Halloween Safety Tips


  • Watch for children darting out from between parked cars and walking in the road.
  • Enter and exit driveways with extra caution.
  • At twilight and later in the evening, watch for children in dark clothing.



  • Make sure that an adult or an older responsible youth will be supervising the outing for children under age 12.
  • Know the names of older children’s companions. And establish a return time (make sure they have a watch).
  • Instruct your children to travel only in familiar areas and along an established route.
  • Teach your children to stop only at places that are well-lit and never to enter a stranger’s home.
  • Tell your youngsters not to eat any treat until they return home.
  • Openly discuss appropriate and inappropriate behavior at Halloween time.
  • Review all appropriate trick-or-treat safety precautions, including pedestrian/traffic safety rules.
  • Pin a slip of paper with the child’s name, address and phone number inside a pocket in case the youngster gets separated from the group.
  • Children should carry quarters (or cell phones) so they can call home or 911 in an emergency.

 Costume designcostumes

  • Only fire-retardant materials should be used for costumes.
  • Costumes should not be so long that they are a tripping hazard.
  • Wear light-colored or reflective-type clothing so you are more visible. (Remember to put reflective tape on bikes, skateboards, and brooms, too!)
  • Children should wear well-fitting, sturdy shoes. High heels are not a good idea.
  • Because masks can limit or block eyesight, consider non-toxic makeup and decorative hats as safer alternatives. Hats should fit properly to prevent them from sliding over eyes.


  • If a sword, cane, or stick is a part of your child’s costume, make sure it is not sharp or too long.
  • Bags or sacks carried by youngsters should be light-colored or trimmed with retro-reflective tape.
  • If children are going to be out after dark, make sure they carry a flashlight with fresh batteries.

 On the way

  • Walk, do not run, from house to house. Do not cross yards and lawns where unseen objects or uneven terrain can present hazards.Look both ways before crossing the street to check for passing vehicles. Make sure they see you before crossing.
  • Walk on the left side of the road, facing traffic if there are no sidewalks.
  • Don’t hide or cross the street between parked cars.
  • Carry a flashlight to light your way.
  • Keep away from open fires and candles. (Costumes can be extremely flammable.)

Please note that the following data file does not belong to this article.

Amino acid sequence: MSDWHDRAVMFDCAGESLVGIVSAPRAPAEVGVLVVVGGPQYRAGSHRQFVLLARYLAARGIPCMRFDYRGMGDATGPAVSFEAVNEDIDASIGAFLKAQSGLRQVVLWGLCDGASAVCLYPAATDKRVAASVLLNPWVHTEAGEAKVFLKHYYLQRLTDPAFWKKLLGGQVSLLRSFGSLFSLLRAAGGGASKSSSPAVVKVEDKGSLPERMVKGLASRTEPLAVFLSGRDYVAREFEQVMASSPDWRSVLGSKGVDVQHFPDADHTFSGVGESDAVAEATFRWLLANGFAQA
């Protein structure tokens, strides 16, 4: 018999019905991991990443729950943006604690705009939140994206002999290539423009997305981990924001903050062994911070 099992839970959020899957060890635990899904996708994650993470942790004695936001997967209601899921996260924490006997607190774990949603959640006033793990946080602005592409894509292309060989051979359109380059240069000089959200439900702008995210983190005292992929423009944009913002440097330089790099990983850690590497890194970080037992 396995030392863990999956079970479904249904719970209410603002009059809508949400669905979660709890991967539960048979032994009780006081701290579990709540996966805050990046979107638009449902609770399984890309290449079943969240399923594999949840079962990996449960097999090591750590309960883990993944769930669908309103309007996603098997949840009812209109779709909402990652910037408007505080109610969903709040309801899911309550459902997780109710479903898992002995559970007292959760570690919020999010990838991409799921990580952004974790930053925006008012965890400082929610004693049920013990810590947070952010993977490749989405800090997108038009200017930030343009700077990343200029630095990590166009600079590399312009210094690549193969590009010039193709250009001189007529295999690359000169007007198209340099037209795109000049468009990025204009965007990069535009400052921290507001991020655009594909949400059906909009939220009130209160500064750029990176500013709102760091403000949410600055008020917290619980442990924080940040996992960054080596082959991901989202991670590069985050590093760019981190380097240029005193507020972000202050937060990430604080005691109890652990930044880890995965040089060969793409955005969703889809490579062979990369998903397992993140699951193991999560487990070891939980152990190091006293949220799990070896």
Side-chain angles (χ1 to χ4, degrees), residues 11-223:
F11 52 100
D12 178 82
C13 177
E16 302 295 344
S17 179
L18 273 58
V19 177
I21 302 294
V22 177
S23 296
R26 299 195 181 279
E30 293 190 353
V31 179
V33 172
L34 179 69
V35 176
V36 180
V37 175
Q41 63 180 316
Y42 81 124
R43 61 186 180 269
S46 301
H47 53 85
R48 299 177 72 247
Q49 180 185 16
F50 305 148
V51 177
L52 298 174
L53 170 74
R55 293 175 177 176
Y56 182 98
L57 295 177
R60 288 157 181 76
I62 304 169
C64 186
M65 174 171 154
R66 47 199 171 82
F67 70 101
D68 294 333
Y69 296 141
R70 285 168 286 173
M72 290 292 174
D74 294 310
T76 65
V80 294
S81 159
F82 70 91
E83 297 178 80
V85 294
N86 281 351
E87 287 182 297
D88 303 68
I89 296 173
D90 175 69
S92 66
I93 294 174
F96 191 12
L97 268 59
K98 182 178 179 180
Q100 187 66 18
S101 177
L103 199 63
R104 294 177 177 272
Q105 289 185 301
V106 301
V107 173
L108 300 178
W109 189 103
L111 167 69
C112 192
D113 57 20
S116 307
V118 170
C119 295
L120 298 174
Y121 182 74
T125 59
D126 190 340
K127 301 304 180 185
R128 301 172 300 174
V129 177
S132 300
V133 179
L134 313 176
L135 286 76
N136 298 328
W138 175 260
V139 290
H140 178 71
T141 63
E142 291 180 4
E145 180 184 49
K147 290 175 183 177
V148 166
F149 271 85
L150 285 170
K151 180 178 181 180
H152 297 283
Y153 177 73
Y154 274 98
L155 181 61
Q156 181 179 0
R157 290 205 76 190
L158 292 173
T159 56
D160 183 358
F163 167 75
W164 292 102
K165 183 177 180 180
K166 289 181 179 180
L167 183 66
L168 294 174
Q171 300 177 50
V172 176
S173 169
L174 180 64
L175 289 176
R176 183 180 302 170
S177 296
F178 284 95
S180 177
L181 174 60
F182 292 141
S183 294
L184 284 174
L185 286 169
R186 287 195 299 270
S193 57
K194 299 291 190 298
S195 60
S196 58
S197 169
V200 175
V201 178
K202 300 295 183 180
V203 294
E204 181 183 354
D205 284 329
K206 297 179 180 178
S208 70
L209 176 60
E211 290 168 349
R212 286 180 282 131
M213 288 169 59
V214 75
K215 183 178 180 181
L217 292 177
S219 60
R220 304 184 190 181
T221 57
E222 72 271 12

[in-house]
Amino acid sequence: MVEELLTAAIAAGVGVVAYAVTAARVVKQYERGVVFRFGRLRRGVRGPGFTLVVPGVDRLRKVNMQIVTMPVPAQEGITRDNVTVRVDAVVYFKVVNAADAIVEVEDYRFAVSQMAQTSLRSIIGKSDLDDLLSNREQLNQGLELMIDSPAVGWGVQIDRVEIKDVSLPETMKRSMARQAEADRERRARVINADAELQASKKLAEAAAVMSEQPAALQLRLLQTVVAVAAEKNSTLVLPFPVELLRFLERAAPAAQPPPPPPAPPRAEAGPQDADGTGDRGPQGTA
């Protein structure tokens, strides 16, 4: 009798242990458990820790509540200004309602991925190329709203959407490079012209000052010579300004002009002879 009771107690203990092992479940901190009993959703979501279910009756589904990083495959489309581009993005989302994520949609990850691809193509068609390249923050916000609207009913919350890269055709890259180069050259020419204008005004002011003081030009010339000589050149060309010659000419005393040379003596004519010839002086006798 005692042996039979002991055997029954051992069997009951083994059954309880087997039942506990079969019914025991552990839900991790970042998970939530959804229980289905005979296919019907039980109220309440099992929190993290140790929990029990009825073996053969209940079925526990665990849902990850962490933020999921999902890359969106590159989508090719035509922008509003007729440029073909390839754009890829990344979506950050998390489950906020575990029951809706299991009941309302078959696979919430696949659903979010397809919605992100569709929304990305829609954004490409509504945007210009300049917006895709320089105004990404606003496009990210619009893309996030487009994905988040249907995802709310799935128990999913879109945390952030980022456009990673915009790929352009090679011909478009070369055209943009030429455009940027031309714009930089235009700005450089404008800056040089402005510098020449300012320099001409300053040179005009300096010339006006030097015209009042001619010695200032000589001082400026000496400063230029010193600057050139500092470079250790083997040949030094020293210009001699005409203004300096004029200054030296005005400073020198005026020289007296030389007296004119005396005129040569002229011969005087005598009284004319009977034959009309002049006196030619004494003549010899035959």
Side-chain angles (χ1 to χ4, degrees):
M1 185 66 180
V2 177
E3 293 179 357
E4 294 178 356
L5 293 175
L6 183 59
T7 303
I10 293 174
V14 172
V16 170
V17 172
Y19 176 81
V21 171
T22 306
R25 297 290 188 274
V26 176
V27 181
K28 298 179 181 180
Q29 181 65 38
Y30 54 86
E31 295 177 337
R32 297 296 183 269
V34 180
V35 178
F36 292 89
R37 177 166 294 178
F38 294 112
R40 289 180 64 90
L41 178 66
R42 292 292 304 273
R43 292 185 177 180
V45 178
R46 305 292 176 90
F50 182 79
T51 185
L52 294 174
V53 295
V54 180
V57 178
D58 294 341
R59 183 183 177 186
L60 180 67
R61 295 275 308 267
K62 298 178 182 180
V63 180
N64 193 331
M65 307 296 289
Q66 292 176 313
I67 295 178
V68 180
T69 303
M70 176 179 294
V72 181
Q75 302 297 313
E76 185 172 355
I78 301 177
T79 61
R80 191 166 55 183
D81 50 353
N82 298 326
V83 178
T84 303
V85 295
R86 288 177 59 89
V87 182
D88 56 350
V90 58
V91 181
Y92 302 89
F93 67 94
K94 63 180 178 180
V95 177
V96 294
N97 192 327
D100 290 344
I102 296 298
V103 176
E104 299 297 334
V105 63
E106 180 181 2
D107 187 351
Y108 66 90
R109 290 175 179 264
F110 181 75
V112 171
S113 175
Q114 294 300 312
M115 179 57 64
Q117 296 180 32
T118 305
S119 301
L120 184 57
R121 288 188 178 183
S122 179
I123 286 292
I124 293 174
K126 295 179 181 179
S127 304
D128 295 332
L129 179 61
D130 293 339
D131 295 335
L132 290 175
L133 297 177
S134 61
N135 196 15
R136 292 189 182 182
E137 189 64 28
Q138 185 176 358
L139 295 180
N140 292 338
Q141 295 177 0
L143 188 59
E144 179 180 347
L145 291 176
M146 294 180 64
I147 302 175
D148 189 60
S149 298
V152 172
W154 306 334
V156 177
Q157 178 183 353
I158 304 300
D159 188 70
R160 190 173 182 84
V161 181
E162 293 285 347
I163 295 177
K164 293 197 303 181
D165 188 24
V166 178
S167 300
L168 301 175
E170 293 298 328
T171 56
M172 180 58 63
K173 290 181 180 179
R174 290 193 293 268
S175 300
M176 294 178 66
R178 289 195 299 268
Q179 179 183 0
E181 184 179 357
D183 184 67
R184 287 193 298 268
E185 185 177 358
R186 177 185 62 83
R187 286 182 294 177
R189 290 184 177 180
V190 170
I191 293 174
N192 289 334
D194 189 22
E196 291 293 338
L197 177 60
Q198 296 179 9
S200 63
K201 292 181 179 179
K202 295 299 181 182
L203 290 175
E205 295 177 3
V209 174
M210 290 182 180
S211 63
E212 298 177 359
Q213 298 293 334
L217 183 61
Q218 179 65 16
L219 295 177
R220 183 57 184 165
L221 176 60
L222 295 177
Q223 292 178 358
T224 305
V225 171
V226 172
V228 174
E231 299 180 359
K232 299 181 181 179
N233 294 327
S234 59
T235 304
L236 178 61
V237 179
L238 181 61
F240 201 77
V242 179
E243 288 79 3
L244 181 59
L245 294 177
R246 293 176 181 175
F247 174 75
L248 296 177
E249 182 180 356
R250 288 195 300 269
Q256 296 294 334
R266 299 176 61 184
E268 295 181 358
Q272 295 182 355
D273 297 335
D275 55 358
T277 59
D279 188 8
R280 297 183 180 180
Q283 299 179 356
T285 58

• Visit homes that have the porch light on.
  • Accept your treats at the door and never go into a stranger’s house.
  • Be cautious of animals and strangers.  


  • Serve a good meal prior to parties and trick-or-treating to discourage youngsters from filling up on Halloween treats.
  • Insist that treats be brought home for inspection before anything is eaten.
  • Wash fruit and slice into small pieces.
  • When in doubt, throw it out.
  • Tell children not to accept–and, especially, not to eat–anything that isn’t commercially wrapped.
  • When children bring their treats home, discard any home-made candy or baked goods. Parents of young children should also remove any choking hazards such as gum, peanuts, hard candies or small toys.
  • Try to ration treats for the days following Halloween.
  • For a list of Union made Halloween treats visit: www.unionplus.org/union-made/halloween-treats

 Homeowner safety tipshauntedhouse

  • Homeowners should prepare their home for trick-or-treaters by removing obstacles from the front yard, restraining animals, and lighting the house well.
  • If you set jack-o-lanterns on your porch with candles in them, make sure that they are out of the way so that kids’ costumes won’t accidentally be set on fire.
  • Provide treats that are individually wrapped or offer nonfood treats, such as stickers, erasers, coloring books, pens, pencils or coins.
  • rtificial lights are a safer alternative to real candles with a flame that can pose a fire hazard.
  • If going to an adult Halloween party, make sure that you don’t drink and drive. Use a designated driver!
  • Wet leaves should be swept from sidewalks and steps.
  • Consider serving healthy food alternatives for trick-or-treaters include packages of low-fat crackers with cheese or peanut butter filling, single-serve boxes of cereal, packaged fruit rolls, mini boxes of raisins and single-serve packets of low-fat popcorn that can be microwaved later.

pumpkin3Pumpkin Carving

  • Small children should never carve pumpkins. Children can draw a face with non-toxic markers.
  • Votive candles are safest for candle-lit pumpkins.
  • Lighted pumpkins should be placed on a sturdy surface, away from flammable objects, and should never be left unattended


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We hope everyone has a Safe Halloween!

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